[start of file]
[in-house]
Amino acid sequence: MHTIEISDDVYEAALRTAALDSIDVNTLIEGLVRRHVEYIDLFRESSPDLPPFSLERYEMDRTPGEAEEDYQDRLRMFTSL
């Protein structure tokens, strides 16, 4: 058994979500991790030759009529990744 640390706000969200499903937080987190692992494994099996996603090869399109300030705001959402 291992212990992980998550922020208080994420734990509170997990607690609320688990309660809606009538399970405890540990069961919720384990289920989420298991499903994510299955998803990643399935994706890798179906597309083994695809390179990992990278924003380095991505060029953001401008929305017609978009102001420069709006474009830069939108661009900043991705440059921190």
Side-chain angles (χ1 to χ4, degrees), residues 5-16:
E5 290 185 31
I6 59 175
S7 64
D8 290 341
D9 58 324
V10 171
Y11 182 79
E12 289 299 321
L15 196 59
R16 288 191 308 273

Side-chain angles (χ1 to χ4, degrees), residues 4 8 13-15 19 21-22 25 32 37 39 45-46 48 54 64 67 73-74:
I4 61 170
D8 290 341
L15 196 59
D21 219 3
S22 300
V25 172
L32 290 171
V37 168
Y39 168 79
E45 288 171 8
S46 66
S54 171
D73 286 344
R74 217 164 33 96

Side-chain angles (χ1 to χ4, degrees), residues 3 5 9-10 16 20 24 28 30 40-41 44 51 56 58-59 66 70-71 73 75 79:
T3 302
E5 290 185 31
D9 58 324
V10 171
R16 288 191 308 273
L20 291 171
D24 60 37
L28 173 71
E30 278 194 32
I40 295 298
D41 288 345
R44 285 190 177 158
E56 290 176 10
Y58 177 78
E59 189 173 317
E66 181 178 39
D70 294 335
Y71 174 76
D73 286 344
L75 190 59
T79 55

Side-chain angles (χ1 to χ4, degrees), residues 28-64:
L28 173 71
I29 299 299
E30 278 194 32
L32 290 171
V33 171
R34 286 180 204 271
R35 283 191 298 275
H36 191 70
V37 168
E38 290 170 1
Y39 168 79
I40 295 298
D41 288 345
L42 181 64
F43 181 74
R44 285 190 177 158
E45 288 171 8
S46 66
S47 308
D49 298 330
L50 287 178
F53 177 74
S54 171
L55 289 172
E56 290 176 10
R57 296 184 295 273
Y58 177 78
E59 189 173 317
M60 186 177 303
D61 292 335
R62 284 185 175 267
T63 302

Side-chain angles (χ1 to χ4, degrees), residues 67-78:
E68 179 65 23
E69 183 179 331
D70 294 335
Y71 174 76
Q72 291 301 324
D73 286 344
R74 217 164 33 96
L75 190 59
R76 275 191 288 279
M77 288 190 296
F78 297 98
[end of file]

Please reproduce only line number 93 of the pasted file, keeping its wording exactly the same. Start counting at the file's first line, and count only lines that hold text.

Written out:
L75 190 59